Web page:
The Governesses by Anne Serre | Translated by Mark Hutchinson | Les Fugitives
Published 25 March, 2019 | PB 120 pages ISBN 978-978-0993009396
“Experience had shown you, however, that no pact lasts forever. You knew that the members of the household would once again be shuffled together like playing cards, and that when the next hand was dealt the alliances would fall out differently.”
The Governesses is a most unusual erotic fable about sex and power, illusion and eroticism, beautifully translated from the French into supremely elegant, languid prose. Its atmosphere is reminiscent of Alain Fournier and Julien Green.
Inès, Laura and Eléonore are governesses, responsible for four boys. The “mistresses of games and pleasure” they radiate a wild and frisky innocence, and have the run of the upstairs salons in the country house of Monsieur Austeur and his wife, Julie. “The excessive silence of the households they wait upon” may be “conducive to reading thinking and raising little boys who are champion hoop rollers, and to the elderly gentleman’s repose, and the waning love of Monsieur and Madame Auster,” but it is stultifying. Their employers’ home is “a boundless void.” The young women have nowhere to go, and there are no distractions. Continue reading Book 2 Review | The Governesses, Anne Serre & Now, Now Louison, Jean Frémon | Les Fugitives
“So, you get the picture. A town with a lot of flashing red lights floating above heads. That’s show business. Dead phone lines and a lot of blow jobs.”
From film classics like Sunset Boulevard in which an unsuccessful screen writer is sucked into the fantasy world of a faded silent-film star, to Aldous Huxley’s dystopian novel Ape and Essence, and my all-time favourite, screenwriter George Axelrod‘s mischievous satire, Where am I Now When I Need Me? . . . Los Angeles has played a leading role in too many books and films to mention. Continue reading Review | Bindlestiff, Wayne Holloway | Book of the Week
Celebrating this year’s Chinese New Year of the Pig, I discuss translating China with Nicky Harman on the launch of Paper Republic’s roundup of the most recent publications in English translation. Their 2018 roll call features thirty-three novels, six poetry collections and three YA and children’s books.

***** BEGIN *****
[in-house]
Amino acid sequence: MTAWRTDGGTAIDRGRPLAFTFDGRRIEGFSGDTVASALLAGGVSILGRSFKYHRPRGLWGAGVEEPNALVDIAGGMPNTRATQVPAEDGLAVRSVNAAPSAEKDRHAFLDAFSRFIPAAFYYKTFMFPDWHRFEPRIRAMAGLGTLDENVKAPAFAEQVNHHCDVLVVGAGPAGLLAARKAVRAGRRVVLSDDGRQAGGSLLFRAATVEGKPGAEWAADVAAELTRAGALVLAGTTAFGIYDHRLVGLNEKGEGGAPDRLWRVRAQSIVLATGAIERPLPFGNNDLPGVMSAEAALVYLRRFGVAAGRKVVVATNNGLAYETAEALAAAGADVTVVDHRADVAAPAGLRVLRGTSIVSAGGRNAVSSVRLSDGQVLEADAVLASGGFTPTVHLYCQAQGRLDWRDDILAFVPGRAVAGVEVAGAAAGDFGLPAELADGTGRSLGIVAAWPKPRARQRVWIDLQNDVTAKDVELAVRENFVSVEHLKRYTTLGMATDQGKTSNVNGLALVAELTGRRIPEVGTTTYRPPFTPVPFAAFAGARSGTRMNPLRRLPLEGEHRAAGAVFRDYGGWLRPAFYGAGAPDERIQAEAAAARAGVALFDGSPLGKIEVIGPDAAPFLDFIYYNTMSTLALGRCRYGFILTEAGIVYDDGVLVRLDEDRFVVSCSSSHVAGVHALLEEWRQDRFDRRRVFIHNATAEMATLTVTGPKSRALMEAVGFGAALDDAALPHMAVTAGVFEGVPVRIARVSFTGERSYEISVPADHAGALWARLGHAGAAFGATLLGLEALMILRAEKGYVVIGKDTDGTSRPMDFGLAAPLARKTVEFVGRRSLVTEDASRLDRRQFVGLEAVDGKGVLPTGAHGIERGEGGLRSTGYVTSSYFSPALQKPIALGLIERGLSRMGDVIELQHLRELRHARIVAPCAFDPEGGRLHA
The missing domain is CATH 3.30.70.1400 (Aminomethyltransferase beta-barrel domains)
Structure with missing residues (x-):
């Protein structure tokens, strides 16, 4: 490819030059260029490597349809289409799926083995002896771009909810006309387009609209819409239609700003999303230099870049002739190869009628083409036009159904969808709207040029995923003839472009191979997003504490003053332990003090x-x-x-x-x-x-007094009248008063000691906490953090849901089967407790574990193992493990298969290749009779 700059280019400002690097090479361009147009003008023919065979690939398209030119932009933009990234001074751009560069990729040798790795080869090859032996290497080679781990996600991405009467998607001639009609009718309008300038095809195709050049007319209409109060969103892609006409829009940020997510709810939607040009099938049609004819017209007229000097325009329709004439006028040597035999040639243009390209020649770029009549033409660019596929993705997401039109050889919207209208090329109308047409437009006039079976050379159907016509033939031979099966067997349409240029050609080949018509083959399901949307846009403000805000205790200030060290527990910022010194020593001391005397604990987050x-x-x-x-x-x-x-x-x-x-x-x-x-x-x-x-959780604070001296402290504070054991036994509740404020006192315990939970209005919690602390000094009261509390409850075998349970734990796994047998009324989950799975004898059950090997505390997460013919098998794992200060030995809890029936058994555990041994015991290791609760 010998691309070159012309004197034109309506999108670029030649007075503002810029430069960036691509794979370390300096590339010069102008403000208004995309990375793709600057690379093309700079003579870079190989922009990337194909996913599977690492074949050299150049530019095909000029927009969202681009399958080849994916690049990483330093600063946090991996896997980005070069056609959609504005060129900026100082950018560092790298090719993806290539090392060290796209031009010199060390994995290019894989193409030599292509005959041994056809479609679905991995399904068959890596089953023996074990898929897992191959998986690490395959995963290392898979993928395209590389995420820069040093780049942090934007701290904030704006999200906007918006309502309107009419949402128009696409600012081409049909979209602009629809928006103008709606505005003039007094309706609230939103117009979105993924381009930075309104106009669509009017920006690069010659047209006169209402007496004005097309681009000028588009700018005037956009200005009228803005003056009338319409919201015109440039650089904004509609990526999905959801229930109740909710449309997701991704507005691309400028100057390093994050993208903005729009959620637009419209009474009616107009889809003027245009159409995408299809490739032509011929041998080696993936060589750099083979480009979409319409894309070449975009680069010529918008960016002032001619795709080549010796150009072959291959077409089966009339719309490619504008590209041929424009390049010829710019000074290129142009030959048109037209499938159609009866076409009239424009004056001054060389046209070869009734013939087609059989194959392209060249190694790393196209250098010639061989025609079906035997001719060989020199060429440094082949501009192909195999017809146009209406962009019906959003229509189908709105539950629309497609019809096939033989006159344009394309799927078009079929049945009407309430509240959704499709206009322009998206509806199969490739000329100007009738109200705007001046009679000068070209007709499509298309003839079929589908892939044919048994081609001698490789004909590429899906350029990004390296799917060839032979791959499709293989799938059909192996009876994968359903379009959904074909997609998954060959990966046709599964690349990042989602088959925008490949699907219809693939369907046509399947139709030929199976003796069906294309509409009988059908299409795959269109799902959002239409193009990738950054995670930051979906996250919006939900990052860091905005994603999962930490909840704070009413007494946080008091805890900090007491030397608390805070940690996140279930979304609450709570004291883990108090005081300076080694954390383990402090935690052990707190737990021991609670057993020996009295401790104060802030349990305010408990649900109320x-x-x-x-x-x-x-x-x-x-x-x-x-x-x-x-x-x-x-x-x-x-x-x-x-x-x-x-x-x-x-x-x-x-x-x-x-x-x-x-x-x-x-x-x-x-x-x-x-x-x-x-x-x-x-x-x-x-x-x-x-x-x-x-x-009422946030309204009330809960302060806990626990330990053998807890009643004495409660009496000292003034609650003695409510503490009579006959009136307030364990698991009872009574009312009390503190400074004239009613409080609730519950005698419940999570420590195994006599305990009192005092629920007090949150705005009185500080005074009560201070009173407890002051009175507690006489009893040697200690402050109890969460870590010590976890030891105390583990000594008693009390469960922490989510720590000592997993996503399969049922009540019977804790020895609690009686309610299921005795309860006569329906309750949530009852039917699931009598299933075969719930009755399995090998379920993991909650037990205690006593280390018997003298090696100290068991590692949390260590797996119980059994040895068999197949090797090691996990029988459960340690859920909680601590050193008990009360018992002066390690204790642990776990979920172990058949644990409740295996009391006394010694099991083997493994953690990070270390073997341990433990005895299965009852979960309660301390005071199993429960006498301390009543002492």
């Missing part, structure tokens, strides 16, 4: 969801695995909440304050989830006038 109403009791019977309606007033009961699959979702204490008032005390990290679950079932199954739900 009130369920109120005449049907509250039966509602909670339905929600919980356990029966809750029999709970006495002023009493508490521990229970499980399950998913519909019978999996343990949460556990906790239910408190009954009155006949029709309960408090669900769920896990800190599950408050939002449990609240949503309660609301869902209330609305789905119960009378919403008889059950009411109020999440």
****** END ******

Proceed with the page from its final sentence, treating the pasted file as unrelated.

Paper Republic is a unique resource you won’t find anywhere else on the web. Its co-founder, Nicky Harman, is a leading light of the translation community in the UK and a passionate promoter of Chinese literature and culture. She is co-Chair of the Translators Association (Society of Authors). Nicky is often away, but I managed to catch up with her for brunch on Valentine’s day to discuss the literature of a non-English speaking continent that is 4,834 miles away from this small offshore island.
Here is the Podcast of our conversation
Continue reading Podcast | Nicky Harman: Translating China & Top 10 Reads
“Frank and Anna’s day was one of mixed fortunes. They chased a great brute of a fox down to Chelsea Harbour, finally cornering it in the underground car park, though not before several of the residents had been reduced to hysterics; then they were called to the other end of the King’s Road, where a vixen had slipped on to a bus, bringing the traffic to a standstill as the passengers poured out on to the road. The vixen had escaped in the confusion; by the time Frank and Anna appeared on the scene, she had vanished with a chicken stolen from the Cadogan Rôtisserie.
‘Call yourself a huntsman?’ the manager shouted at Frank. ‘That’s the third fox I’ve had in here this week.’
‘Give them customer loyalty cards, mate,’ Frank replied cheerfully, ‘and don’t forget to ask for their addresses. We’ll catch them, roast them with some parsnips, and your clientele won’t know the difference.’”
What if . . . the British government struck a deal with the People’s Republic of China? And acquired new and ground-breaking technology enabling them to implant a surveillance microchip in every British citizen under the guise of having a routine injection against fox flu.
Continue reading Review | Fox, Anthony Gardner | Book of the Week
Where were you born and how did it feel to grow up between Ireland and England?
I was in London until the age of ten, and then in Tipperary with school and university in England. Going backwards and forwards between the two during The Troubles didn’t feel comfortable at all. As a writer I’ve come to appreciate the advantages of not belonging entirely in one place – always having an outsider’s eye.
What did you read as a child?
C.S. Lewis’s The Chronicles of Narnia; Kate Seredy’s The Good Master and The Singing Tree; John Buchan’s The 39 Steps; Geoffrey Willans and Ronald Searle’s Molesworth books
Who were early formative influences as a fledgling writer?
For poetry, W.B. Yeats; for prose, Evelyn Waugh and F.Scott Fitzgerald. Continue reading Interview | Anthony Gardner | Author of the Week